Elkins, Amanda (Center for Behavioral Health Research & Services, University of Alaska Anchorage, 2017-08-01)
    • Baseline Opioid Survey: Access, Consumption, Consequences, and Perceptions among Young Adults in Alaska

      Barnett, Jodi (Center for Behavioral Health Research & Services, University of Alaska Anchorage, 2017-05-01)
    • Culturally-Relevant Online Education Improves Health Workers' Capacity and Intent to Address Cancer

      Cueva, Katie; Dignan, Mark; Revels, Laura; Cueva, Melanie (Springer, 2018-01-24)
    • Determinants of Obesity in Latinos in Anchorage Alaska

      Appa, Andrea (University of Alaska Anchorage, 2015-12-01)
      Determinants of obesity can be complex and group specific. There is limited data about the Latino population and the health needs of Latinos in the state of Alaska. The goal of this project was to better understand the determinants of obesity in Latinos, including the impact of dietary choices, financial status, mental health, and exercising in the levels of obesity of Latinos. The investigator used Statistical Package for the Social Sciences (SPSS) to study the association of several variables in the Behavioral Risk Factor Surveillance System (BRFSS). After data exploration, univariate analysis and logistical regression were conducted for selected variables related to the causes of obesity in Latinos living in the state of Alaska where the investigator observed higher percentages of obesity in Latinos as compared to other groups. However, results were not statistically significant except for the higher percentages with high blood pressure in obese Latinos when compared to non-obese Latinos and other groups. The results produced by this study are evidence that further research is needed to determine the impact of obesity in Latinos and their differences with other groups.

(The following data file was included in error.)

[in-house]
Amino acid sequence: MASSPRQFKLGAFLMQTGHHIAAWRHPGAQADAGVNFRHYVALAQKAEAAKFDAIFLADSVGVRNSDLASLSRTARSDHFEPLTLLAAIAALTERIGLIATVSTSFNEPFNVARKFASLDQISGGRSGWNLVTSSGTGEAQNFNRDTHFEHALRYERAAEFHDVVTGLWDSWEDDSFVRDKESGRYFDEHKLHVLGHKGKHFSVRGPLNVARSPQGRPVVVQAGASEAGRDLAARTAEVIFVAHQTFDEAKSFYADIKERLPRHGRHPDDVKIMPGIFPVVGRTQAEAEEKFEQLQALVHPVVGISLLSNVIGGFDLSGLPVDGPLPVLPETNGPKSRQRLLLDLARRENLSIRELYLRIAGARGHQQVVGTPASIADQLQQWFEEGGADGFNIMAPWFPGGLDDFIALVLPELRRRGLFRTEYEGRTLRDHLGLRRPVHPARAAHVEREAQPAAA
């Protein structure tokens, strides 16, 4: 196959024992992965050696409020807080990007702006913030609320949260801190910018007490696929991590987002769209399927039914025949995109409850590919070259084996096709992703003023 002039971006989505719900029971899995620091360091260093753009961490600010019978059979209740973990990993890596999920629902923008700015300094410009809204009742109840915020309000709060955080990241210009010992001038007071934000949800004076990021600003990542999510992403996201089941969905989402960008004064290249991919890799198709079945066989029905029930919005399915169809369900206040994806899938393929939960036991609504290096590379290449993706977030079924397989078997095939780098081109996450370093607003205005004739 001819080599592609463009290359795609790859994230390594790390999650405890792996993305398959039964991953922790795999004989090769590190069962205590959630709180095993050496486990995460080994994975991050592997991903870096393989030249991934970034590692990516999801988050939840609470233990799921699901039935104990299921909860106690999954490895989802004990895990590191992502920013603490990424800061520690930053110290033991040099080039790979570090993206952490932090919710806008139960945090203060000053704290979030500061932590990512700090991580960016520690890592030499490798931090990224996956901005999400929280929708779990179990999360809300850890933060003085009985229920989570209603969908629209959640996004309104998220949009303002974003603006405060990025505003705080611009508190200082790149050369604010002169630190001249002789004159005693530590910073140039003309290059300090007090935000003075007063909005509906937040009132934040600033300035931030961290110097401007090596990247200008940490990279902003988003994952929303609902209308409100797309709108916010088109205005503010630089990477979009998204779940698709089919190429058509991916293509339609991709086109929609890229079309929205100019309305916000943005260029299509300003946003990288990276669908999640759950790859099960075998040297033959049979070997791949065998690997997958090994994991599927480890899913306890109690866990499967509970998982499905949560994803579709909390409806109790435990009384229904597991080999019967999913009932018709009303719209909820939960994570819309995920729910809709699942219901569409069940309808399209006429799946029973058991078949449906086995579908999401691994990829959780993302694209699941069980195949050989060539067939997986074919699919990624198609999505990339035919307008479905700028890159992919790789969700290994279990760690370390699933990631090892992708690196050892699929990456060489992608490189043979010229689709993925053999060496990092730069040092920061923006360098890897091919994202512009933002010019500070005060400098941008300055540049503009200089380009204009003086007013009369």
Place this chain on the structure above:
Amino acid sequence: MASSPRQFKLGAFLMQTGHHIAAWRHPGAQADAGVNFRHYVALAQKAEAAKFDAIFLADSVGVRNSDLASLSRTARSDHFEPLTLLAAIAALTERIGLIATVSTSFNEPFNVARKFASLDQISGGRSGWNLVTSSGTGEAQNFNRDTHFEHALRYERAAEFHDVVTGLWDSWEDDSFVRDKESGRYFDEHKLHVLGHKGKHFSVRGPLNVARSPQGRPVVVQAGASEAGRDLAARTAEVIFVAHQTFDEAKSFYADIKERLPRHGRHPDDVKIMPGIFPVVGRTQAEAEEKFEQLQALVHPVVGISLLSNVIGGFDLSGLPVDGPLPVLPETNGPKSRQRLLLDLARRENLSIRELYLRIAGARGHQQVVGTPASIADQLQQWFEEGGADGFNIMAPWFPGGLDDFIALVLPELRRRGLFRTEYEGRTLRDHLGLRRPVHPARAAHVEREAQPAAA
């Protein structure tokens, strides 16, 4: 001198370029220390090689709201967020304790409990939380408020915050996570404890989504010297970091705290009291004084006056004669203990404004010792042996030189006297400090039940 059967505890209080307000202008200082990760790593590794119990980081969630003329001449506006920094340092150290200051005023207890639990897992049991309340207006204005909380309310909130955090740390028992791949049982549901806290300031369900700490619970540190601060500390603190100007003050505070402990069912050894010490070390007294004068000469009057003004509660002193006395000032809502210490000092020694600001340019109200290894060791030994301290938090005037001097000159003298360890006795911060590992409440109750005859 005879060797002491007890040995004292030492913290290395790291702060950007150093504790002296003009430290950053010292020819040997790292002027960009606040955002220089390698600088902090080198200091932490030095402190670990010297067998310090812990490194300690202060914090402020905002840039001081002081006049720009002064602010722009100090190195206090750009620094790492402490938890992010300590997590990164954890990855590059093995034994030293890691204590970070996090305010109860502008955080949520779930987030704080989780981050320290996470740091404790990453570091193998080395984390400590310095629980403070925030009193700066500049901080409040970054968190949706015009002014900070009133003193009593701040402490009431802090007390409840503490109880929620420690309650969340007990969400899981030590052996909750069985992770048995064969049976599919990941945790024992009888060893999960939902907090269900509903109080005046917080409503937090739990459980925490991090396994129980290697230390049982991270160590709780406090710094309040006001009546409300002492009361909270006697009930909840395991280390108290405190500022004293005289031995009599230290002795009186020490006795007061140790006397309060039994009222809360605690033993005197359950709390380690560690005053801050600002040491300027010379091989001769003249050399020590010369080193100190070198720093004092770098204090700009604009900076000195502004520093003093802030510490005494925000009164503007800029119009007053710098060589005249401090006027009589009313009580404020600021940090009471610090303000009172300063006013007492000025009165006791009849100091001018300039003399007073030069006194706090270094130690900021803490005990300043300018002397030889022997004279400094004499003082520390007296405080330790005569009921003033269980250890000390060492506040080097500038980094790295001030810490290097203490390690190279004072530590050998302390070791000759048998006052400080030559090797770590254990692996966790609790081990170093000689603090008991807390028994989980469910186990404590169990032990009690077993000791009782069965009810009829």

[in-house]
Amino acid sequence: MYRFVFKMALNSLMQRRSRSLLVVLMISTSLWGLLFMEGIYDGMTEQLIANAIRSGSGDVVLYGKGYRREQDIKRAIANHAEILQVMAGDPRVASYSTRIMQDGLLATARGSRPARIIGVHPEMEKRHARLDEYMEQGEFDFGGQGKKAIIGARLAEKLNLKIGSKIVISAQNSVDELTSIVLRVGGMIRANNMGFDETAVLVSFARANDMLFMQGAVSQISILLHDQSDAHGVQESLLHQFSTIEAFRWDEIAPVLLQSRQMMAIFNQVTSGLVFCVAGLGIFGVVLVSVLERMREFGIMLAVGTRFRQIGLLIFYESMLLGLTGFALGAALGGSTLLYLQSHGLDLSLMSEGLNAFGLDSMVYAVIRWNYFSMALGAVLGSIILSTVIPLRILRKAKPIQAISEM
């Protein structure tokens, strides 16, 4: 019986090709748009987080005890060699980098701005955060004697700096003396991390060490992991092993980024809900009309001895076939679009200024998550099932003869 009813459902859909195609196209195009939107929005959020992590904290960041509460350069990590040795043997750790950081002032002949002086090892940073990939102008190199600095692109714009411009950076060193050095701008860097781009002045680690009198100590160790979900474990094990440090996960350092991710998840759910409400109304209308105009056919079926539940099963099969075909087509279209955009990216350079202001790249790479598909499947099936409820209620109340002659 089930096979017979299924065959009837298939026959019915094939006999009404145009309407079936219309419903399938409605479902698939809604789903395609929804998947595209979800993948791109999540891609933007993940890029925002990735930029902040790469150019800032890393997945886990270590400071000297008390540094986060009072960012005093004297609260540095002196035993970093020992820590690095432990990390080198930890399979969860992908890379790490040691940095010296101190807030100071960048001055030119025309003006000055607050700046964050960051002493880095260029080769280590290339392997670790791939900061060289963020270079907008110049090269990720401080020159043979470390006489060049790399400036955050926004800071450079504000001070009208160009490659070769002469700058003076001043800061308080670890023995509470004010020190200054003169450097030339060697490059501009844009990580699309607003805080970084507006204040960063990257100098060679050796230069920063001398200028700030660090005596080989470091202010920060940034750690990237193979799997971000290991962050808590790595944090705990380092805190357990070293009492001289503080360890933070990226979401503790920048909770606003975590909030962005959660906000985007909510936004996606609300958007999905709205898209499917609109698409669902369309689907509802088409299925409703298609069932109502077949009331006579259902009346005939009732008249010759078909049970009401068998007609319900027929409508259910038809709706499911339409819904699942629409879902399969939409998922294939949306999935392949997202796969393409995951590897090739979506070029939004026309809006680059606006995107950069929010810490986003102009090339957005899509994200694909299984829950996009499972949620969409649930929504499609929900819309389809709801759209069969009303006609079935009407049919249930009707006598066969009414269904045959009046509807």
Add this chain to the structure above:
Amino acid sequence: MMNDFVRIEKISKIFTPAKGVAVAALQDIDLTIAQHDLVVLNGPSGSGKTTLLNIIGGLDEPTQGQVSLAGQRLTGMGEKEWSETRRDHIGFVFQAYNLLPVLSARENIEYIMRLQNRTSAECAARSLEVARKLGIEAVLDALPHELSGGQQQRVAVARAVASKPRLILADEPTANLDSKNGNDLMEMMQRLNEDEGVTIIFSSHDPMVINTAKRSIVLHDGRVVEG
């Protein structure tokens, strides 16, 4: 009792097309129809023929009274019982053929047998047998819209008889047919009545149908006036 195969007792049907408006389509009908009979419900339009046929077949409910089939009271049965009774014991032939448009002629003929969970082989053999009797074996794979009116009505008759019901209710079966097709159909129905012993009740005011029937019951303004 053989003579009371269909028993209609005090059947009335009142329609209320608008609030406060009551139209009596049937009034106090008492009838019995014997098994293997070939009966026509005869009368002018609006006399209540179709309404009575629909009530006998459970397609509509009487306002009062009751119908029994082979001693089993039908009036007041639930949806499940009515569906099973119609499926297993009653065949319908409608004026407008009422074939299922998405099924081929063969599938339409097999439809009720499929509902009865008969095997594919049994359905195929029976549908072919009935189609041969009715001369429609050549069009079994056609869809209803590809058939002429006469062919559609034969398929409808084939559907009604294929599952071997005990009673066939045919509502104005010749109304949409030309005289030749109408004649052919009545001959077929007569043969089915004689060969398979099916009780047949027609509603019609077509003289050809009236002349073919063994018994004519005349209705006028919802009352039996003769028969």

• Development of a Crystalline Silica Management Plan for a Coal-Fired Power Plant

      Martinson, Tracey A. (University of Alaska Anchorage, 2016-05-01)